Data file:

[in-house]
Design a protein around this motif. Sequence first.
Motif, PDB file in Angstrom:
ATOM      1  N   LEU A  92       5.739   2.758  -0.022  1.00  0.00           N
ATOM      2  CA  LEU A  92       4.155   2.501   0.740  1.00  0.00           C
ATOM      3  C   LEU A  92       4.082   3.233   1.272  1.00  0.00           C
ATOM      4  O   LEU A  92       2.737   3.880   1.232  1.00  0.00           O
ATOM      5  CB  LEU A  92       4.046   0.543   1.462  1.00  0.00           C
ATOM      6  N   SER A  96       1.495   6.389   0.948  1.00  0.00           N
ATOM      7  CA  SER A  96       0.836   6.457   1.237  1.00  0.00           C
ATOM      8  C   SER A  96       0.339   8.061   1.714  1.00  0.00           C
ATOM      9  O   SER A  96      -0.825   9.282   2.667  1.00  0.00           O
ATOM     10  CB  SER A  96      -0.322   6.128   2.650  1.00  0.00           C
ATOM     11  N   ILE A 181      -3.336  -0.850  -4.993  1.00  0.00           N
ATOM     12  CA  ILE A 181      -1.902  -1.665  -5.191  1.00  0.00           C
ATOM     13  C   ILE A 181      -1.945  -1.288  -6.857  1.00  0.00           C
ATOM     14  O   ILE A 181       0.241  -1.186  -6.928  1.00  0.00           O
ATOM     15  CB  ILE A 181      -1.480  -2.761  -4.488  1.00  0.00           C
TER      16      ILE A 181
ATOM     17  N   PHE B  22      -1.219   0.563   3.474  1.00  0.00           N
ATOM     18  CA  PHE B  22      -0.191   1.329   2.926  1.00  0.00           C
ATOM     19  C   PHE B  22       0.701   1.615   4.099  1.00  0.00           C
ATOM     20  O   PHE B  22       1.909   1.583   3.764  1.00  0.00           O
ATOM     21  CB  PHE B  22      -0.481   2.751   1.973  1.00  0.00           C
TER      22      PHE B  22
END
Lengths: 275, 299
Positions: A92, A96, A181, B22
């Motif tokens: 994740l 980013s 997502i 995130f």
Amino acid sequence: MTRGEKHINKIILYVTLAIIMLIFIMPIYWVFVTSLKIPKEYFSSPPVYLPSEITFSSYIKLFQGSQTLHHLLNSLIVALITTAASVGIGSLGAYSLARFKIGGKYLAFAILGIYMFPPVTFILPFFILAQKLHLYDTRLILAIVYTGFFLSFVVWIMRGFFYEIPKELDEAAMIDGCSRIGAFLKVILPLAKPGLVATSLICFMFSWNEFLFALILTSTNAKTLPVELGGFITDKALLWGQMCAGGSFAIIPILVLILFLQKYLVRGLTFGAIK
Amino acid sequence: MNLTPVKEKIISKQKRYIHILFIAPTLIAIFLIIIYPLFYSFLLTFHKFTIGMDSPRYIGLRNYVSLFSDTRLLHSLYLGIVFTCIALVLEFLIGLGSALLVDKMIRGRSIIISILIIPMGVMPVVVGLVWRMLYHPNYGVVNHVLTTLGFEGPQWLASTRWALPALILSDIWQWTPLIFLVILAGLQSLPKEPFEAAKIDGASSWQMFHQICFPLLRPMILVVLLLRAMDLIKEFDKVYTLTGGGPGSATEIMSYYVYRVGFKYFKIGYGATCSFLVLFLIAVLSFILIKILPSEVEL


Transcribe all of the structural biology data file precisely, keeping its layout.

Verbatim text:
[in-house]
Design a protein around this motif. Sequence first.
Motif, PDB file in Angstrom:
ATOM      1  N   LEU A  92       5.739   2.758  -0.022  1.00  0.00           N
ATOM      2  CA  LEU A  92       4.155   2.501   0.740  1.00  0.00           C
ATOM      3  C   LEU A  92       4.082   3.233   1.272  1.00  0.00           C
ATOM      4  O   LEU A  92       2.737   3.880   1.232  1.00  0.00           O
ATOM      5  CB  LEU A  92       4.046   0.543   1.462  1.00  0.00           C
ATOM      6  N   SER A  96       1.495   6.389   0.948  1.00  0.00           N
ATOM      7  CA  SER A  96       0.836   6.457   1.237  1.00  0.00           C
ATOM      8  C   SER A  96       0.339   8.061   1.714  1.00  0.00           C
ATOM      9  O   SER A  96      -0.825   9.282   2.667  1.00  0.00           O
ATOM     10  CB  SER A  96      -0.322   6.128   2.650  1.00  0.00           C
ATOM     11  N   ILE A 181      -3.336  -0.850  -4.993  1.00  0.00           N
ATOM     12  CA  ILE A 181      -1.902  -1.665  -5.191  1.00  0.00           C
ATOM     13  C   ILE A 181      -1.945  -1.288  -6.857  1.00  0.00           C
ATOM     14  O   ILE A 181       0.241  -1.186  -6.928  1.00  0.00           O
ATOM     15  CB  ILE A 181      -1.480  -2.761  -4.488  1.00  0.00           C
TER      16      ILE A 181
ATOM     17  N   PHE B  22      -1.219   0.563   3.474  1.00  0.00           N
ATOM     18  CA  PHE B  22      -0.191   1.329   2.926  1.00  0.00           C
ATOM     19  C   PHE B  22       0.701   1.615   4.099  1.00  0.00           C
ATOM     20  O   PHE B  22       1.909   1.583   3.764  1.00  0.00           O
ATOM     21  CB  PHE B  22      -0.481   2.751   1.973  1.00  0.00           C
TER      22      PHE B  22
END
Lengths: 275, 299
Positions: A92, A96, A181, B22
């Motif tokens: 994740l 980013s 997502i 995130f």
Amino acid sequence: MTRGEKHINKIILYVTLAIIMLIFIMPIYWVFVTSLKIPKEYFSSPPVYLPSEITFSSYIKLFQGSQTLHHLLNSLIVALITTAASVGIGSLGAYSLARFKIGGKYLAFAILGIYMFPPVTFILPFFILAQKLHLYDTRLILAIVYTGFFLSFVVWIMRGFFYEIPKELDEAAMIDGCSRIGAFLKVILPLAKPGLVATSLICFMFSWNEFLFALILTSTNAKTLPVELGGFITDKALLWGQMCAGGSFAIIPILVLILFLQKYLVRGLTFGAIK
Amino acid sequence: MNLTPVKEKIISKQKRYIHILFIAPTLIAIFLIIIYPLFYSFLLTFHKFTIGMDSPRYIGLRNYVSLFSDTRLLHSLYLGIVFTCIALVLEFLIGLGSALLVDKMIRGRSIIISILIIPMGVMPVVVGLVWRMLYHPNYGVVNHVLTTLGFEGPQWLASTRWALPALILSDIWQWTPLIFLVILAGLQSLPKEPFEAAKIDGASSWQMFHQICFPLLRPMILVVLLLRAMDLIKEFDKVYTLTGGGPGSATEIMSYYVYRVGFKYFKIGYGATCSFLVLFLIAVLSFILIKILPSEVEL